Nature Conservation Officer at Camden Council, Greg Hitchcock provides an insight into biodiversity in Camden and asks for your input on the new Biodiversity Strategy in light of the Climate and Ecological Emergency.
As part of the declaration of the Climate Ecological Emergency, Camden Council committed:
“…to produce a new ecological plan for Camden to sustain and improve biodiversity in Camden” and to encourage “all citizens, businesses, and organisations or groups in the borough of Camden to join with the Council… to protect and improve diversity, in order to avert impending catastrophe.”
A strategy is needed not only to make Camden more resilient in the face of the climate crisis, but also to make Camden’s biodiversity itself more resilient to a changing climate – climate change is one of the biggest threats to biodiversity. If we can help nature thrive in Camden, it can also continue to provide benefits to the borough’s residents, visitors and economy. The Council has begun work on a biodiversity strategy, and we would like your input.
A diverse range of species make Camden their home. This wealth of wildlife includes widespread species seen in our parks or along the Canal, such as blackbirds or moorhens, but also more specialist species such as peregrine falcons which nest on tall buildings which mimic their countryside cliff-top sites. At least nine species of bat, all of which are afforded legal protection, have been recorded in the borough, as has a variety of insects, including impressive stag beetles and butterflies of conservation concern. The borough also supports an important population of hedgehogs, a species that has declined to such a degree that it has recently been classified as ‘Vulnerable to Extinction’. Gardens and parks – and the connections between them – are vital for this species, and many others.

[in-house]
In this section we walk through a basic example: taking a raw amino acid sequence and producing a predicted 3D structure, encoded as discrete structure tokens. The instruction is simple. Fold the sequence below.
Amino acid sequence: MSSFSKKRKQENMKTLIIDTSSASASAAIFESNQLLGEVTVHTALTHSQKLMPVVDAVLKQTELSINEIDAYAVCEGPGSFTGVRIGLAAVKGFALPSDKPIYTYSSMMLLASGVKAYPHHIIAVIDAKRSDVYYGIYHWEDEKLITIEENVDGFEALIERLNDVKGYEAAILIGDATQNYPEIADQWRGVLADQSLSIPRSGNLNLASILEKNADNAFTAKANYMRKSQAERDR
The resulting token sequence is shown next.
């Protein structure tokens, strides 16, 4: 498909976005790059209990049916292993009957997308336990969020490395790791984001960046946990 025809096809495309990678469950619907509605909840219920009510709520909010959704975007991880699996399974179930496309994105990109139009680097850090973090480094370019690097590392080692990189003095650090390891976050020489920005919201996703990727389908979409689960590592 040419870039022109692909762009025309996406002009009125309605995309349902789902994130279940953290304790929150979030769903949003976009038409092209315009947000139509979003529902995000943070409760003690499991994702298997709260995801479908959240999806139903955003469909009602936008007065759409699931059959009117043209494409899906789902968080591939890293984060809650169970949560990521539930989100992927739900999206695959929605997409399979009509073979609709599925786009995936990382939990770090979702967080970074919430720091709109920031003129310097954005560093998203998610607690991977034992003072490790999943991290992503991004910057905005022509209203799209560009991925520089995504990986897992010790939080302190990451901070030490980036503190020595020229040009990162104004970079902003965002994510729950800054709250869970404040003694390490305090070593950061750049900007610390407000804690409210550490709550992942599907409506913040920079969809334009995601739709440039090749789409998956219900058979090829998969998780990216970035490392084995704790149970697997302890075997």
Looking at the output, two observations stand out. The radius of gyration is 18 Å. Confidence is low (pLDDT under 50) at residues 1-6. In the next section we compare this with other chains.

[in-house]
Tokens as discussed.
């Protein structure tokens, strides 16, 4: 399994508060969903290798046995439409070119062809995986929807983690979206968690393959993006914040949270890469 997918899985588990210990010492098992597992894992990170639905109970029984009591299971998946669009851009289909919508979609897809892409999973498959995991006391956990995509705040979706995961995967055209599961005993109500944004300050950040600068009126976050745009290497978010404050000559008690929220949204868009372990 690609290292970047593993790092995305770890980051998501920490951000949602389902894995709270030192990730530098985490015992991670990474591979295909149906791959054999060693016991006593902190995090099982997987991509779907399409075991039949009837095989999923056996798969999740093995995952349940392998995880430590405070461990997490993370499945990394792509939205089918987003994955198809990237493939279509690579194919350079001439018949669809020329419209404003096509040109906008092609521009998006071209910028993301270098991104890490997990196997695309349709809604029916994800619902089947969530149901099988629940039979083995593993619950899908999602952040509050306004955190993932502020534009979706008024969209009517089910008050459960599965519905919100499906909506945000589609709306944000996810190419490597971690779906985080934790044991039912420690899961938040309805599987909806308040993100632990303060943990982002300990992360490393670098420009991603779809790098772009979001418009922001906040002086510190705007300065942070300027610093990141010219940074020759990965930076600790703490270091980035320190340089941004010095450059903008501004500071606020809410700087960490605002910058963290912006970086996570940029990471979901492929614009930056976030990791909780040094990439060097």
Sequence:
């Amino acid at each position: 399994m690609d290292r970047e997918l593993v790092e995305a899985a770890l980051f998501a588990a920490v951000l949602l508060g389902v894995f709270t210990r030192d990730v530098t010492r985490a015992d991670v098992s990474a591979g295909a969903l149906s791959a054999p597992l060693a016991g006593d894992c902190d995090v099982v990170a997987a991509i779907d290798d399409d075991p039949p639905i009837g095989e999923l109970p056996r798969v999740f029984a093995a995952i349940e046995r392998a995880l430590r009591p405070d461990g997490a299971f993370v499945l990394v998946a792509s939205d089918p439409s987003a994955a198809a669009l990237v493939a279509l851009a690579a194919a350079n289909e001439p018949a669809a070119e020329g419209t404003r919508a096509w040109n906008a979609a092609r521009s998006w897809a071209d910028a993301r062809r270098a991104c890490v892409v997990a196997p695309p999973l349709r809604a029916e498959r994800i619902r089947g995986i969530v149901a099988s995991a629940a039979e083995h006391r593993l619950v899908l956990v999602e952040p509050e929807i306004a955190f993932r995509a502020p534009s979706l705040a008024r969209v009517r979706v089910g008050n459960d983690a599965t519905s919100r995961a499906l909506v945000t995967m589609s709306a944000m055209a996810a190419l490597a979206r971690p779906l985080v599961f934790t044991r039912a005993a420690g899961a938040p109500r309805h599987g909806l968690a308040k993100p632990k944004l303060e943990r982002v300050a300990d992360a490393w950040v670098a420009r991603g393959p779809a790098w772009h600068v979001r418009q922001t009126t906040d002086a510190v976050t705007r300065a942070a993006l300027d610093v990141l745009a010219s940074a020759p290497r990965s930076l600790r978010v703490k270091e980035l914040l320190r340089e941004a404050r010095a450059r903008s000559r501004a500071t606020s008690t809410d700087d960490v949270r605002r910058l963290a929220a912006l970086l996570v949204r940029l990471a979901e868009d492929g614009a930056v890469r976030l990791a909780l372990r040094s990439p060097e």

While some species have adapted to city life well, many have not and are continuing to decline in the face of increasing urbanisation. Making space for nature in our streets and on our buildings, and designing for biodiversity, is also something that needs to be considered and planned for.
We need to help nature to not only make a home in the borough, but also to move through it freely. This will mean maintaining, improving and increasing ‘stepping stones’ and habitat corridors that run through Camden, especially key ones such as the Regents Canal and the network of railways. Failure to maintain and improve these corridors will not only impact Camden’s wildlife but those of neighbouring boroughs and the whole of London, and potentially wider for those species that migrate through the area.
Camden has 36 areas designated as Sites of Importance for Nature Conservation (SINC), covering 414 hectares. Some of these are managed by the council, the rest owned by various organisations; most notably the City of London Corporation, the Royal Parks and Network Rail. These SINCS from the core of Camden’s wildlife network and their protection, enhancement and wildlife connections will be a priority, and we are looking to work with partners across the borough to meet the aims of the strategy.
There is an increasing wealth of research into the health and wellbeing benefits of natural green space, including positive effects on mood, healing, heart rate, blood pressure, stress and concentration. Most recently, a report by the University of East Anglia (August 2020), revealed that exposure to green space reduces the risk of type 2 diabetes, cardiovascular disease, premature death, preterm birth, stress, and high blood pressure. Increased species diversity has a positive impact on health and wellbeing outcomes, and exposure to diverse natural habitats, and therefore microbial diversity, is critical for the development of immune response to allergens. People with access to green space are more likely to be active, and green spaces can provide opportunities for social cohesion and reducing social isolation.
The new Camden biodiversity strategy will protect and enhance biodiversity across the borough in order to maximise benefits to the health and wellbeing of our residents and communities, and make them, and Camden’s nature and natural spaces, more resilient to the climate crisis. The initial document, which we hope to have ready by 2021 will set out our core aims, objectives and priorities, and how we hope to achieve them by working together.
We would like to know what is important to you about Camden’s wildlife and natural spaces, and what you may already be doing, to inform this work.
Please submit your comments here.